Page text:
His mother seemed smaller than he remembered.  Her skin was so thin, Emmet was afraid to touch in case she bruised.  Not that anyone ever touched her – except Constance perhaps.  Rosaleen did not like to be touched.  She liked the thing Dan did, which was to conjure the air around her, somehow, making it special.  When Hanna went to greet her, there was a big mistimed clash of cheekbones.

Anne Enright’s ninth work of fiction uses a collection of short stories and a novella to tell the story of the Madigan family of Ardeevin.  The first half of the work consists of stories depicting each Rosaleen’s four children – Hanna, Dan, Constance and Emmet, at vastly different moments in their lives and in very different settings.  We see Hanna as a child at home in Ardeevin hiding from the family crisis that ensues when her older brother Dan announces his intention to become a priest, then we check in on an older Dan who has moved to New York and is negotiating his sexuality in a world plagued by AIDS, Constance is a middle-aged housewife when we see her waiting for the diagnosis of the lump in her breast, and Emmet is working for an international aid organization in poverty-stricken Mali in a story about his girlfriend’s love of a stray dog.  These four stories set up the difficult balance of emotions Enright creates for this family:  none of these children care much for their mother, Rosaleen.  They certainly do not like her – and she is portrayed as specifically unlikeable, self-centered and needy – but are oddly compelled to filter their actions and feelings through her constant demands and expectations.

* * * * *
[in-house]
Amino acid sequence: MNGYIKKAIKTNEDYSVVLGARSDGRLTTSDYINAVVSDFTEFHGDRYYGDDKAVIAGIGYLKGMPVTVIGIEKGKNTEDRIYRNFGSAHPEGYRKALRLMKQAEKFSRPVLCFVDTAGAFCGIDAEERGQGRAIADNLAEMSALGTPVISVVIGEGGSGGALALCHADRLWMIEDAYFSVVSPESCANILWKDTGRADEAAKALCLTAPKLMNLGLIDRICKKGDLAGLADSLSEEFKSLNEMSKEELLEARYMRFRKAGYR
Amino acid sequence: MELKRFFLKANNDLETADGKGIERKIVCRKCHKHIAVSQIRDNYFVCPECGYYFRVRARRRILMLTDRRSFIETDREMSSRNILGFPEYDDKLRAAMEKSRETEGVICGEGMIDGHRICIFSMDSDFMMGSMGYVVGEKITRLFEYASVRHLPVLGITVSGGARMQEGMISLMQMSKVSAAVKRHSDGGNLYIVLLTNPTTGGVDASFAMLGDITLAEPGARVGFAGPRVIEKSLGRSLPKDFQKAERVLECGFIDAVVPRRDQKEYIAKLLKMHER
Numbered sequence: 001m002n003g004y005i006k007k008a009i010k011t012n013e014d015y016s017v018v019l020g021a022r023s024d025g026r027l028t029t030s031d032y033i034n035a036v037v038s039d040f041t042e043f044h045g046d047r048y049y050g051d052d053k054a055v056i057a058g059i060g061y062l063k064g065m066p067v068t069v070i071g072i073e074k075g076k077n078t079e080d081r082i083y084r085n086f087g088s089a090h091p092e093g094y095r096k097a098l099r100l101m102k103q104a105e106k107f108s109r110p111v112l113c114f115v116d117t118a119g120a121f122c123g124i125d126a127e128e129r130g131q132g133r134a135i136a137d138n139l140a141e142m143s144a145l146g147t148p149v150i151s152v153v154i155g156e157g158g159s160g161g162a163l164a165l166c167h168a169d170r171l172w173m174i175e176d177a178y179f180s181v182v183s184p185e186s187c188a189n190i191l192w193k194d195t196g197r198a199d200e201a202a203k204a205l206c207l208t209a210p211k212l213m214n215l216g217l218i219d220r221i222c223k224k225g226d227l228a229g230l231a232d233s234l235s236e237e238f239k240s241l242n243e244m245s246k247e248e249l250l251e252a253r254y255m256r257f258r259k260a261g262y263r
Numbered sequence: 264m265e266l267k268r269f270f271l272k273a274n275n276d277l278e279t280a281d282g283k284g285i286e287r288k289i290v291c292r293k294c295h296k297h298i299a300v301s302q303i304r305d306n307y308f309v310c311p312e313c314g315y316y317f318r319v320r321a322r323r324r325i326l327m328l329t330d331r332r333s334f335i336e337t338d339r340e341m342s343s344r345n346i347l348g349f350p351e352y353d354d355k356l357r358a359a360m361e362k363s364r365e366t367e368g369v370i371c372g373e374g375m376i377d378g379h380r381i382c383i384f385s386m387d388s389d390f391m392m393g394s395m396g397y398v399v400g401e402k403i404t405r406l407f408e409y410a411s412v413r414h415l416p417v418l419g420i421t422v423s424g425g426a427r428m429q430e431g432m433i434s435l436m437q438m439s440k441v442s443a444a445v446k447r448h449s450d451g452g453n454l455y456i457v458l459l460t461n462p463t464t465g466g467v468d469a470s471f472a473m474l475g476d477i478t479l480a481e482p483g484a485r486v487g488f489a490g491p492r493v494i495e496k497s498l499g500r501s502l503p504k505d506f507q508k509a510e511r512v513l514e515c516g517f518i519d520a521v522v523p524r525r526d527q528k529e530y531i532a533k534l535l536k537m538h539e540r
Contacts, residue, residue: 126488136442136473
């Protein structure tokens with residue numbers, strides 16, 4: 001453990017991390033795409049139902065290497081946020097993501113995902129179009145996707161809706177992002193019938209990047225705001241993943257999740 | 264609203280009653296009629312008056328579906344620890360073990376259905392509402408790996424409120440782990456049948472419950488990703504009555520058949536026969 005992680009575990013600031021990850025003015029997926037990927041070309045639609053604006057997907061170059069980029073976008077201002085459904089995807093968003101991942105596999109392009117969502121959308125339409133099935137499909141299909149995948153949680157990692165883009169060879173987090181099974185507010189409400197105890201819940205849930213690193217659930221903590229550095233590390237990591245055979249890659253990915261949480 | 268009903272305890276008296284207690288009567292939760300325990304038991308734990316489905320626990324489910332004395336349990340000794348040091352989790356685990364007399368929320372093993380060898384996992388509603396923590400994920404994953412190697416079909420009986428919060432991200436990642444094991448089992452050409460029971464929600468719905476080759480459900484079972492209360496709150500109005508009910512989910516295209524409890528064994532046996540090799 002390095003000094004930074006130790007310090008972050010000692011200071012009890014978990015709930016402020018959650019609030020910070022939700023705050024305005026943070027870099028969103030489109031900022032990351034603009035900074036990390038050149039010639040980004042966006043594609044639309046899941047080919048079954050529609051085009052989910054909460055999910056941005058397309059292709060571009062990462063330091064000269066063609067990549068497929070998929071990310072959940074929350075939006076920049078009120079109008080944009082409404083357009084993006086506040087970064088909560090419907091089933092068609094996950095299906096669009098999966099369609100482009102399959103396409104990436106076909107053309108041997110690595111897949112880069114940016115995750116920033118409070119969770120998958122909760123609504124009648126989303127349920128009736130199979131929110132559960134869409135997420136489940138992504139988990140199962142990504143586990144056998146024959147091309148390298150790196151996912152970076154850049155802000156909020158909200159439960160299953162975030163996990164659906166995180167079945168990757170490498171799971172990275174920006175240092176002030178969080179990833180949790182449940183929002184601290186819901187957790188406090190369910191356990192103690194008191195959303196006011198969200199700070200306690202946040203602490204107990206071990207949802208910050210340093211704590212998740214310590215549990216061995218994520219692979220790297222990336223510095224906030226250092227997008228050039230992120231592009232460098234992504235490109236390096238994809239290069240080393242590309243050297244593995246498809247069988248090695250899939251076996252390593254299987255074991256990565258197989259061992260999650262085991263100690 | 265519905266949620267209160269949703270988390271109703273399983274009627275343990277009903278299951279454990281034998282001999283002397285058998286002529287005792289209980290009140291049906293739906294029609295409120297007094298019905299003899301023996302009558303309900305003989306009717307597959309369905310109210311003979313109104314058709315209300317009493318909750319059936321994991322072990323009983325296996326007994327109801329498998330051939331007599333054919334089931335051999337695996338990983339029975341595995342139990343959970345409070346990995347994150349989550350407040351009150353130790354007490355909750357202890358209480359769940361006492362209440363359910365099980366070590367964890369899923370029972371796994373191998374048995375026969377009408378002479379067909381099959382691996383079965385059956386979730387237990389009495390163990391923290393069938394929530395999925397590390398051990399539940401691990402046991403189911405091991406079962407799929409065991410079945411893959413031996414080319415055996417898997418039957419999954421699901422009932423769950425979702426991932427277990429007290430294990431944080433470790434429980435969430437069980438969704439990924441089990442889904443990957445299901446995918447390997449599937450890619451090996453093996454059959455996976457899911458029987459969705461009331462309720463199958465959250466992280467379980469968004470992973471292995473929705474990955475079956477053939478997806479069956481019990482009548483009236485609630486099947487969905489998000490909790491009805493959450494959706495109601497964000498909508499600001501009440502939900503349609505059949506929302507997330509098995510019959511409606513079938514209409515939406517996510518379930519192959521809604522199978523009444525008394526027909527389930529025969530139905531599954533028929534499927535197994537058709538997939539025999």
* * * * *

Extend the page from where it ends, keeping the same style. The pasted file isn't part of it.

In addition to the creation of four unique individuals, Enright embeds this complex family dynamic in a changing Ireland.  By beginning with Hanna and the family crisis that involves Dan’s decision to join the priesthood calls up expectations of an older Ireland, hidebound and parochial.  The title is a reference to a road that cuts through the burren, a famously barran and desolate stretch of rocks and scrub that evokes the hard life of pre-boom Ireland so that as we follow the other characters through much less conventional experiences, we become aware of a different culture. 

When we rejoin the family in the novella, it is Christmas, 2005 and Rosaleen has brow-beaten her children into joining her for the holiday so that she can announce that she is putting the family house up for sale and going to live with Constance.  In this section we are living with the family at a different pace, allowing character dynamics more room to develop and for the setting of the family house to become more complex in its associations.  We get to know extended families and neighborhood character much more intimately.